Frozen Shoulder

Frozen shoulder is the common name for a condition known as adhesive capsulitis. Frozen shoulder syndrome is a condition in which, over time, your shoulder socket becomes tight and stiff bands of tissue, called adhesions, develop around the socket. At its worst point, people who suffer from frozen shoulders are completely unable to move, rotate, or lift their arms at the shoulder.

Frozen shoulder causes are unclear. It develops mostly in people between the ages of 40 and 60 and is more likely to occur in women and people with diabetes. Frozen shoulder symptoms come on gradually over a period of months and include significant pain in the shoulder in addition to the gradual loss of mobility.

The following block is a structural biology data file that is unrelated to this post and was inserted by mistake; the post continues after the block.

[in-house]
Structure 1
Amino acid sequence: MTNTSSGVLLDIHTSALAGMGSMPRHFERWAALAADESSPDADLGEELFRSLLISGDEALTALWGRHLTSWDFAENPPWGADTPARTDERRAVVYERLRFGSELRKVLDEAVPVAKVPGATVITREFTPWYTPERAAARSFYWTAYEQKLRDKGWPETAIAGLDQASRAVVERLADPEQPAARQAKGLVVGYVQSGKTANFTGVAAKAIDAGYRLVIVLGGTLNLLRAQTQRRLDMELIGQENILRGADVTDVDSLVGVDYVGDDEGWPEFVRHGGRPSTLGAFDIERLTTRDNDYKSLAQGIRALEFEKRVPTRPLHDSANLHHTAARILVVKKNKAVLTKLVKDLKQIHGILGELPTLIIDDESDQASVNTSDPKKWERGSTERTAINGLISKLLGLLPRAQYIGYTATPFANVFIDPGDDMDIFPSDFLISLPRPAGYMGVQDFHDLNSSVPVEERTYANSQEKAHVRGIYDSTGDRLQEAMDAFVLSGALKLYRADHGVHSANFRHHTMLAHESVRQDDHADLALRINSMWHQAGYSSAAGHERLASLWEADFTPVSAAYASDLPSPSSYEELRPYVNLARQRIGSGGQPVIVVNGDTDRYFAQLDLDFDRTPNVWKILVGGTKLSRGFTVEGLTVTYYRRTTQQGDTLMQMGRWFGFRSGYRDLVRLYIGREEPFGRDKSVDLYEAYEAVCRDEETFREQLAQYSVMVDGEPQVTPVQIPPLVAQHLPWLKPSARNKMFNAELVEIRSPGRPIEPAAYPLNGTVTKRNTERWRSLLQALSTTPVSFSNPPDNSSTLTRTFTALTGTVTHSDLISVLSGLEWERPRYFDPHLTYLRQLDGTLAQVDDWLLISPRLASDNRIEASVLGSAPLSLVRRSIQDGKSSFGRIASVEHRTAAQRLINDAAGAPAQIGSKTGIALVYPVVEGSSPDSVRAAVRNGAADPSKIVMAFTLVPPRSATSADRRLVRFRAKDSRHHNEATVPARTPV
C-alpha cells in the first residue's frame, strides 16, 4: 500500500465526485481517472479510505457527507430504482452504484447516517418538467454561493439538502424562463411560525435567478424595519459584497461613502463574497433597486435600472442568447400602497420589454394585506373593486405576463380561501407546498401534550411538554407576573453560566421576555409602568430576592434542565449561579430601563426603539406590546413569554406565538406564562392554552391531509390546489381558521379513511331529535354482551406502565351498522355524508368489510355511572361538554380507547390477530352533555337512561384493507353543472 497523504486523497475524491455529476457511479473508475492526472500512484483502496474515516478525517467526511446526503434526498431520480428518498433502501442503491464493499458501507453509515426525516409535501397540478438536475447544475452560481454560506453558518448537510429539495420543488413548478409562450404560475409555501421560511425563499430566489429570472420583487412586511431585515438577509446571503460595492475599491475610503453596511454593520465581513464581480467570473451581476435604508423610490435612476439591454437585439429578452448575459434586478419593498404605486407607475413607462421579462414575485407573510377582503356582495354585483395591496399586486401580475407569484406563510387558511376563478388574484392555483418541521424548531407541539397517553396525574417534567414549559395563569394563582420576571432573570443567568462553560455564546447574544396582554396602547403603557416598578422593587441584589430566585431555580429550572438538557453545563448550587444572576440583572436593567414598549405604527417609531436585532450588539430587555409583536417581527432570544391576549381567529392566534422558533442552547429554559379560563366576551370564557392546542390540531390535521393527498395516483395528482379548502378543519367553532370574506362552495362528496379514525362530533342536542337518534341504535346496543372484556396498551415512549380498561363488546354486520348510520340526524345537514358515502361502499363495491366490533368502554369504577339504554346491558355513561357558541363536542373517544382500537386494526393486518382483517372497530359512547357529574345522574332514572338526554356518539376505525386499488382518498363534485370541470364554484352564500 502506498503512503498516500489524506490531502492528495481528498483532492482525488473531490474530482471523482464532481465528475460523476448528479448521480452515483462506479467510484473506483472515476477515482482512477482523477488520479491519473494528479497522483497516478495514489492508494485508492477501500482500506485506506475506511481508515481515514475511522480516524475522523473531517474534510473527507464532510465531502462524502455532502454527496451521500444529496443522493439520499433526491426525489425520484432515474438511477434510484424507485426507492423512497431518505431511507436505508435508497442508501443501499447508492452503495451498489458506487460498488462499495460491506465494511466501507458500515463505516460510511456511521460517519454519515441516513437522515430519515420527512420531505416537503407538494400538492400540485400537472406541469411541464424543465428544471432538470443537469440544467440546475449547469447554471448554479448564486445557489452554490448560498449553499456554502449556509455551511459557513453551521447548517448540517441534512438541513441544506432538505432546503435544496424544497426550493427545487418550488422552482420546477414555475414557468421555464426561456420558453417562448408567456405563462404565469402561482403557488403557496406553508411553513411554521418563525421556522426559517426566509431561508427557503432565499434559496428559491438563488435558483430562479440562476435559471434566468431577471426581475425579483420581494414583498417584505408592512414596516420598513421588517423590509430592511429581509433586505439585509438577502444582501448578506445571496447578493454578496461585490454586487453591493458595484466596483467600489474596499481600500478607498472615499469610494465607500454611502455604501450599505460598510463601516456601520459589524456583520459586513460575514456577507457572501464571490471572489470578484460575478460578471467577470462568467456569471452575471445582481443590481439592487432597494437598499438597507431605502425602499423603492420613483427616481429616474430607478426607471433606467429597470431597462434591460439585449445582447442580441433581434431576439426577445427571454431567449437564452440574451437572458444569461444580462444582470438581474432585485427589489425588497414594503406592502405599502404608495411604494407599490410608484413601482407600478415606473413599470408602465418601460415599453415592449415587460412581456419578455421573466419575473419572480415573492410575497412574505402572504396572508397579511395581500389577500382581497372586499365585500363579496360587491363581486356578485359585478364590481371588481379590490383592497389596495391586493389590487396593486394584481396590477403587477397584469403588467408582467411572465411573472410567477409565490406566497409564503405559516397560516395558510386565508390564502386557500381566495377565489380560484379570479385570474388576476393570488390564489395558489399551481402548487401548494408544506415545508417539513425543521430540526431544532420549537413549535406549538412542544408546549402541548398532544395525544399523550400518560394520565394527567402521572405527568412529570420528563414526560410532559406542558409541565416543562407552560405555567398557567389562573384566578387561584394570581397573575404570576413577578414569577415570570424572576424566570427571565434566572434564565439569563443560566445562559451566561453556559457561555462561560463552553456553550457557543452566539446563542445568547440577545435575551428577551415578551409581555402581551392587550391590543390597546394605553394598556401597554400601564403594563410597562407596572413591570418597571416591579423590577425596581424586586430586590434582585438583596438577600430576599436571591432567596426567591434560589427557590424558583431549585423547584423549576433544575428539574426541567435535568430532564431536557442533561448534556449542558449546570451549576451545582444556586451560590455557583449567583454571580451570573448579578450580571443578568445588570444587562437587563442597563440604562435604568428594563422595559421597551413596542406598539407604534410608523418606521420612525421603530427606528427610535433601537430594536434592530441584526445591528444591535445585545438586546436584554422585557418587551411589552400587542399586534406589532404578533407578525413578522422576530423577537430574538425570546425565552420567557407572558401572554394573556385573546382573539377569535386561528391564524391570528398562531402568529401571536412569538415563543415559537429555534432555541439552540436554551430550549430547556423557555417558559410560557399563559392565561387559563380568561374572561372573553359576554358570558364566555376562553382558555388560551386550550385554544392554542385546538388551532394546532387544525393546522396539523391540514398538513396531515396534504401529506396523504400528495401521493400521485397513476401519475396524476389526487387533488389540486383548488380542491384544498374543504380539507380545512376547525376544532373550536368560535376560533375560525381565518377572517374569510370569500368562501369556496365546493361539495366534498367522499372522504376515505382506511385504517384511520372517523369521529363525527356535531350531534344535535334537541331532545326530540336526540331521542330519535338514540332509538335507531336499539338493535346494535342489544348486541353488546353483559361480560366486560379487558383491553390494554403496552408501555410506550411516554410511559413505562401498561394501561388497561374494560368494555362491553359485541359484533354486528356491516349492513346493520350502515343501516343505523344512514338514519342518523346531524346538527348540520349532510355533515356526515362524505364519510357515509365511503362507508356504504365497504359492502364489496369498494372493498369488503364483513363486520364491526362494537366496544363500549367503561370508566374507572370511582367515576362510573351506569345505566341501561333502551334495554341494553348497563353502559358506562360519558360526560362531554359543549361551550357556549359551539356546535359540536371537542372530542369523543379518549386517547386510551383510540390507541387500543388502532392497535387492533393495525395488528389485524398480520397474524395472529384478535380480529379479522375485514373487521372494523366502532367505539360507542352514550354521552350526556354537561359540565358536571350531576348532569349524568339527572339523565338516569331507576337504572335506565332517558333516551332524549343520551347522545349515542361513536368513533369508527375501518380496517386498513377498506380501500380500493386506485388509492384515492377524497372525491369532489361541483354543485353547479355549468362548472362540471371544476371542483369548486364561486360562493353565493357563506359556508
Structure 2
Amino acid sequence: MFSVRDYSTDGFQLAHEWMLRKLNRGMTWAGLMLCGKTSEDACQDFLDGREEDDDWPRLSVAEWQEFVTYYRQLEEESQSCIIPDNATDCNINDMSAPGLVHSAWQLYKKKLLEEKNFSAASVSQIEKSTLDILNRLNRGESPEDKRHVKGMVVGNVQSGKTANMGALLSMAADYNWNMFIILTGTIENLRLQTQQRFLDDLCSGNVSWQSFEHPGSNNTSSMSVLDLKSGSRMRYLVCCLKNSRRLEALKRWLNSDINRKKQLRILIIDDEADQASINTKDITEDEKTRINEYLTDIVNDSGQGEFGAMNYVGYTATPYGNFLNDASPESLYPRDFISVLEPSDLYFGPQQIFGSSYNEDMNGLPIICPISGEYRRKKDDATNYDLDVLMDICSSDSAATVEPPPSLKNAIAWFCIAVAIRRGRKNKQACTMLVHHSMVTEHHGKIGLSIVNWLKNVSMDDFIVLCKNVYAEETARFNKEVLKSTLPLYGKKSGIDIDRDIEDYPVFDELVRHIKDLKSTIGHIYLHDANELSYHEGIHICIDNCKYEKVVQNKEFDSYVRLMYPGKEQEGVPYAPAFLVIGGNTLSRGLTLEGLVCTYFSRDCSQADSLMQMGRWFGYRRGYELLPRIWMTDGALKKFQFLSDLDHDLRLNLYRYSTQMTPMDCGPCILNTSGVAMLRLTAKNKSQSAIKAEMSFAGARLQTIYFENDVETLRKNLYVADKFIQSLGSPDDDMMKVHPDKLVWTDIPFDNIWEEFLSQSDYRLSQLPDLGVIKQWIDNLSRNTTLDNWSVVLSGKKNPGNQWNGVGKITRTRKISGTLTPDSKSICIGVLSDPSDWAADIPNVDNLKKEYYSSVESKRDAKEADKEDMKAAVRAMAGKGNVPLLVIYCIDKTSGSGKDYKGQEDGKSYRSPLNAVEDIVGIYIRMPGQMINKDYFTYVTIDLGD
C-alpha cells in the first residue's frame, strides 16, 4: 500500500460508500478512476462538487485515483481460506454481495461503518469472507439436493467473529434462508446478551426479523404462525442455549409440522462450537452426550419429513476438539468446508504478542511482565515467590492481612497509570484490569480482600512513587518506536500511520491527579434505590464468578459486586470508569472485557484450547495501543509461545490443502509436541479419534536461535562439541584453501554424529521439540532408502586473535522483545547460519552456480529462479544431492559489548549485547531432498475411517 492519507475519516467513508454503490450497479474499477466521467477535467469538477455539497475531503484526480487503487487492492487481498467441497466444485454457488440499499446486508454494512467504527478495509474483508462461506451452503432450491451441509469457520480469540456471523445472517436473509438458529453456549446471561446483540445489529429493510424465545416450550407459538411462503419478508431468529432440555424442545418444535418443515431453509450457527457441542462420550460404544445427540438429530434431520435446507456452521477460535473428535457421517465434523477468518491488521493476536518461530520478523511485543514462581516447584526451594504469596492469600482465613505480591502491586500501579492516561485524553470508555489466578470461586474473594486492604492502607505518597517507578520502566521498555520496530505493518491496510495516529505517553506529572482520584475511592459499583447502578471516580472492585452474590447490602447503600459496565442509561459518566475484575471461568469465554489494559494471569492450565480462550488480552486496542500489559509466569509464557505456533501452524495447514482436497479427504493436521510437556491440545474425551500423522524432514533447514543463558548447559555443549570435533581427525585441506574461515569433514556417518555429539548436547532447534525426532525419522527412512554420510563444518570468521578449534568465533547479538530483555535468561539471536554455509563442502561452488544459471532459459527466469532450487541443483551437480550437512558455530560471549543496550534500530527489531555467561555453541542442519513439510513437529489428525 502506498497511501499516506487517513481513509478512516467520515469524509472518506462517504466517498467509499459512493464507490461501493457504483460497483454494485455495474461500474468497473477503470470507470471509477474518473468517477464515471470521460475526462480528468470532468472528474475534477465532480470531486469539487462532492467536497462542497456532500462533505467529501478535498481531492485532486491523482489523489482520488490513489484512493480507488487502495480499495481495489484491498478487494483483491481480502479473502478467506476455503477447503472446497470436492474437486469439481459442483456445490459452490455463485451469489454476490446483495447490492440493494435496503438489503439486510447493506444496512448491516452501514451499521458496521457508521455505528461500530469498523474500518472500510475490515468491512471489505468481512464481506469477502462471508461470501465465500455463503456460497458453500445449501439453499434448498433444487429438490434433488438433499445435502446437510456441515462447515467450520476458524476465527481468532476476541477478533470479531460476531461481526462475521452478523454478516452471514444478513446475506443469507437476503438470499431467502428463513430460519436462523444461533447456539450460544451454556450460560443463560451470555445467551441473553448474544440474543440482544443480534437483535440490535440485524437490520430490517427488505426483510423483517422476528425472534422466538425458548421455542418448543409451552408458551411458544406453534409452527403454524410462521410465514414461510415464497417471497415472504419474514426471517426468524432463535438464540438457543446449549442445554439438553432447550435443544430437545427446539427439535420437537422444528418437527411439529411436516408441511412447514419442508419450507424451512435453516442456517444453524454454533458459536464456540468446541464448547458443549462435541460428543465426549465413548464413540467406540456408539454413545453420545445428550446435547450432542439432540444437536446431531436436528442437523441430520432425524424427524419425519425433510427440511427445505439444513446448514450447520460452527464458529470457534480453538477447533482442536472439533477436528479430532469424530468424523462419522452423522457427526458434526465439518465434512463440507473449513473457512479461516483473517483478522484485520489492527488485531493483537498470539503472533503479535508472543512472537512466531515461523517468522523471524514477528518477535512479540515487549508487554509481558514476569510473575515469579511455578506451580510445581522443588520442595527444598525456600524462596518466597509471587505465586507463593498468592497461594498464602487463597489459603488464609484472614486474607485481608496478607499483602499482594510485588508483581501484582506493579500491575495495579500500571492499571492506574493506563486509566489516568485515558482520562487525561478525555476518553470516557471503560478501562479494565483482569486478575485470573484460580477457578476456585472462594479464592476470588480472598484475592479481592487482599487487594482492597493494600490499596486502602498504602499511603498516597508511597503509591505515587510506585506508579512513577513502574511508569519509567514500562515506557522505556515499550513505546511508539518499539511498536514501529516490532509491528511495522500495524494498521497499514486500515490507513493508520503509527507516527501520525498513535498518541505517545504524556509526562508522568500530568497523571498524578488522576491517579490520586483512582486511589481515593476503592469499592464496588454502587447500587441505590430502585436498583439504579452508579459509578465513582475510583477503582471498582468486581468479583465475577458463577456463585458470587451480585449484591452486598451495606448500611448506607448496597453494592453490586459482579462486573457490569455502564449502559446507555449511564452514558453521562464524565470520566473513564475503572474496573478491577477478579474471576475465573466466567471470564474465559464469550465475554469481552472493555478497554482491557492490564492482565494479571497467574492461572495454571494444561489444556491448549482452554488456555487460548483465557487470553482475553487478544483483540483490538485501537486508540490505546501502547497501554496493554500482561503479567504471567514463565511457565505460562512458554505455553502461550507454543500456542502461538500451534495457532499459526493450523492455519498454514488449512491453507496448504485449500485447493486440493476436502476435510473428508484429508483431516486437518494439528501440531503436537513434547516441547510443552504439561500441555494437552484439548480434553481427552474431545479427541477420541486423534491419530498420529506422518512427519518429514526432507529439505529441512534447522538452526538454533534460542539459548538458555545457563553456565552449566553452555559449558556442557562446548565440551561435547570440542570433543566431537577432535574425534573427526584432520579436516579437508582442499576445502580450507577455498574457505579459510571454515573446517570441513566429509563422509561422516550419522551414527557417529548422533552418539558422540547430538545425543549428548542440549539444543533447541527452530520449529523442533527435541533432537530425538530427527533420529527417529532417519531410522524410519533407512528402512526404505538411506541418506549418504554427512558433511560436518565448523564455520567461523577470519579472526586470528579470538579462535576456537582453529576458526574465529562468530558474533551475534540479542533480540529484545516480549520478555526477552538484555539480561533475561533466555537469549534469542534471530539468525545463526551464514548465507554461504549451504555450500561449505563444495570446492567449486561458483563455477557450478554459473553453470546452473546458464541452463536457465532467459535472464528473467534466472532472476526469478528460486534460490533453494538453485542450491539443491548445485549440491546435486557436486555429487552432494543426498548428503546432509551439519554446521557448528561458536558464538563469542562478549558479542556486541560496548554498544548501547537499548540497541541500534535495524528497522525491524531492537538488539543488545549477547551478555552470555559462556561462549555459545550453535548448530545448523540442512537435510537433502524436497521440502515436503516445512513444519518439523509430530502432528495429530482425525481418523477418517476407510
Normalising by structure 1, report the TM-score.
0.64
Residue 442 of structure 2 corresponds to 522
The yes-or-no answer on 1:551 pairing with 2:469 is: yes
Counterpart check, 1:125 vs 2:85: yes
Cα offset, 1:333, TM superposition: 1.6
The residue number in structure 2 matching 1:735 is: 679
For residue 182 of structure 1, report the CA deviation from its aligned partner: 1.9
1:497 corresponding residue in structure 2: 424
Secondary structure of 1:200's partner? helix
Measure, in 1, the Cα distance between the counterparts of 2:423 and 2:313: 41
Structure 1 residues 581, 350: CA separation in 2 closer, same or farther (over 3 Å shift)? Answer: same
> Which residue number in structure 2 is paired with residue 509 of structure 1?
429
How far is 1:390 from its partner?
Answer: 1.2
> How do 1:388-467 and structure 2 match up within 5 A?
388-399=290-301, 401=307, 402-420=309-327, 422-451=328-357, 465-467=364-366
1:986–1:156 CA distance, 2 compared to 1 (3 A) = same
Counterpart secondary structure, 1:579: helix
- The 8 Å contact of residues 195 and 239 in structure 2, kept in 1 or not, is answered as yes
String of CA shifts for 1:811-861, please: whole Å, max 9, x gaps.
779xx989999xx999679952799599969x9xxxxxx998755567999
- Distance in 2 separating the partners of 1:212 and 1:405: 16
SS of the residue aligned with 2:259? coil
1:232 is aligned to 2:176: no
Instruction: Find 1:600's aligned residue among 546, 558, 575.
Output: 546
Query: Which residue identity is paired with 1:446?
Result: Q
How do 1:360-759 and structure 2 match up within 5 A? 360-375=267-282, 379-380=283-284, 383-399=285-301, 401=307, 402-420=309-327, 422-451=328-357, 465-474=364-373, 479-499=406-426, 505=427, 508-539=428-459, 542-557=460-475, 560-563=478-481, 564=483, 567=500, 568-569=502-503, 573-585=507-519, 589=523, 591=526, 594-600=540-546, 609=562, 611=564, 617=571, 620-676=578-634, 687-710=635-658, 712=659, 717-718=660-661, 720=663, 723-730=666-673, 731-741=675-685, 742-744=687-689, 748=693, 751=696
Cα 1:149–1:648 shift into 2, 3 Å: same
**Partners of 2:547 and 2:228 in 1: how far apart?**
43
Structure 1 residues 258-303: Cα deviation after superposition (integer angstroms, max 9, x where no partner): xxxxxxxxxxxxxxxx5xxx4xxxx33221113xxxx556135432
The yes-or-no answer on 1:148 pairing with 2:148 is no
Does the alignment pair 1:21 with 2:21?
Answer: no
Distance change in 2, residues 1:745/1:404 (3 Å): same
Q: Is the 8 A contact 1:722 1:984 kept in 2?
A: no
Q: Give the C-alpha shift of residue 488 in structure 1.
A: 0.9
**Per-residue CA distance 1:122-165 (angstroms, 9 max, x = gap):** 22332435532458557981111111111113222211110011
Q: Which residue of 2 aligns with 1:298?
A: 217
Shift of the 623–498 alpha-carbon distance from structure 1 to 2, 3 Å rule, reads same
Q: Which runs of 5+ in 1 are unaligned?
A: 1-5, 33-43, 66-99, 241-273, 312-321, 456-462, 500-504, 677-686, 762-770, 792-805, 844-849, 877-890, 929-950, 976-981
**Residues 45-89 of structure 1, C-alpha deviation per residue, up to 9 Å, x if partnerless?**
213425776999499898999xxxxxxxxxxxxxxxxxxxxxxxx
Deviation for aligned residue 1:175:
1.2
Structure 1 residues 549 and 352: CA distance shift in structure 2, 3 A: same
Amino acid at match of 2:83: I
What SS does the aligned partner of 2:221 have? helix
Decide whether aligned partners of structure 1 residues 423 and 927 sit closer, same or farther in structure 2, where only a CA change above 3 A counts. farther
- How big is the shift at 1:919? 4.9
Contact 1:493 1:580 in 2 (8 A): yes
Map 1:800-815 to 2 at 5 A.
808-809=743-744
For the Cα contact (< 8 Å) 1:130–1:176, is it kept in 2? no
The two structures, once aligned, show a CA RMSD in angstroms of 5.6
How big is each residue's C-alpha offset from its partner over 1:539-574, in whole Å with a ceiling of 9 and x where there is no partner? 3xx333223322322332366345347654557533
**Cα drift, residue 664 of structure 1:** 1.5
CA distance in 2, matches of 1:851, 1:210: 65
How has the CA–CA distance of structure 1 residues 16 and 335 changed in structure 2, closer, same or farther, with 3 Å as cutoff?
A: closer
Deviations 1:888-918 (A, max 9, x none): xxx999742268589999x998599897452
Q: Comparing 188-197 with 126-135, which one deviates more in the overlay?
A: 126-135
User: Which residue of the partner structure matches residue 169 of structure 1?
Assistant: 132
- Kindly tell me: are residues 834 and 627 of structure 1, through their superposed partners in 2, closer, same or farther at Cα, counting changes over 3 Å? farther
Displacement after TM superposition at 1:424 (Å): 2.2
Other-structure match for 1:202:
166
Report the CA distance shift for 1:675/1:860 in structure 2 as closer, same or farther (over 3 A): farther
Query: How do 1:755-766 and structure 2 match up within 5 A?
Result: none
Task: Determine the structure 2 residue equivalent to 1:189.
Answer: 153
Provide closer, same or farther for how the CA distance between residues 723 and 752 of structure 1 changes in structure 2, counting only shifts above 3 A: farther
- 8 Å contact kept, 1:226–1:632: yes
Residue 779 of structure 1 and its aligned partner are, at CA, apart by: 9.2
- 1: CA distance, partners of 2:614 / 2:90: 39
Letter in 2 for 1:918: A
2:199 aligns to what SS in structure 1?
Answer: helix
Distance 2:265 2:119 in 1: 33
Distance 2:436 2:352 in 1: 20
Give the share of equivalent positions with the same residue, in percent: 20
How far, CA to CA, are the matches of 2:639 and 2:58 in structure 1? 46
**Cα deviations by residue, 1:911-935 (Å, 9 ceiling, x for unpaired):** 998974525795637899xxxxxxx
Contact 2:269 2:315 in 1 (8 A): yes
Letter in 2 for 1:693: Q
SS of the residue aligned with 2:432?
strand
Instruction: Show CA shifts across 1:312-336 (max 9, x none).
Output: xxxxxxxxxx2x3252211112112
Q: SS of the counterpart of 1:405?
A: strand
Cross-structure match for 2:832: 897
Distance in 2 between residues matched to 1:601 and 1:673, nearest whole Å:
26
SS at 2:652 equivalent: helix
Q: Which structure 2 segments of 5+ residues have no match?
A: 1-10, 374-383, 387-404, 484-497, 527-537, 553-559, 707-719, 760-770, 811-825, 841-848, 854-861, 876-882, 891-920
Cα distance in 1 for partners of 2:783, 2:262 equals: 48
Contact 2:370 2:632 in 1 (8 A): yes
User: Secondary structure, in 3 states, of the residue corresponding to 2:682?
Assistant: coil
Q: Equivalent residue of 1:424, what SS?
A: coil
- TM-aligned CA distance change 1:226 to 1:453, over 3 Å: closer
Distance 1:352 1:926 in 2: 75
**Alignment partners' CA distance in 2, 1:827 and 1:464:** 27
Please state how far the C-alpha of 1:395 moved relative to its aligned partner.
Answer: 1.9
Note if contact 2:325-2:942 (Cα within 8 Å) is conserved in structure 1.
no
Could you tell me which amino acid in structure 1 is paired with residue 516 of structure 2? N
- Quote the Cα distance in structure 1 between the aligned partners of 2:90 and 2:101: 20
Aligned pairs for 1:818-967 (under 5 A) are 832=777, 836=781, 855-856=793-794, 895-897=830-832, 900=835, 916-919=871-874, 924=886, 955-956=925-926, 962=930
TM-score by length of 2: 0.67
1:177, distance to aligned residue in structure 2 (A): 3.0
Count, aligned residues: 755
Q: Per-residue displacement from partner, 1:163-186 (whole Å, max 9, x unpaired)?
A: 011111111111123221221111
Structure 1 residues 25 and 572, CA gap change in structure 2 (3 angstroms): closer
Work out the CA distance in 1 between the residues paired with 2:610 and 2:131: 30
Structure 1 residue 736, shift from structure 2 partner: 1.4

The full onset of frozen shoulder syndrome can take over two years and then may slowly begin to correct itself. Physical therapy can help improve the symptoms of frozen shoulder, but the results are often too slow and ineffective for most people who rely on proper shoulder mobility to enjoy everyday activities.

 

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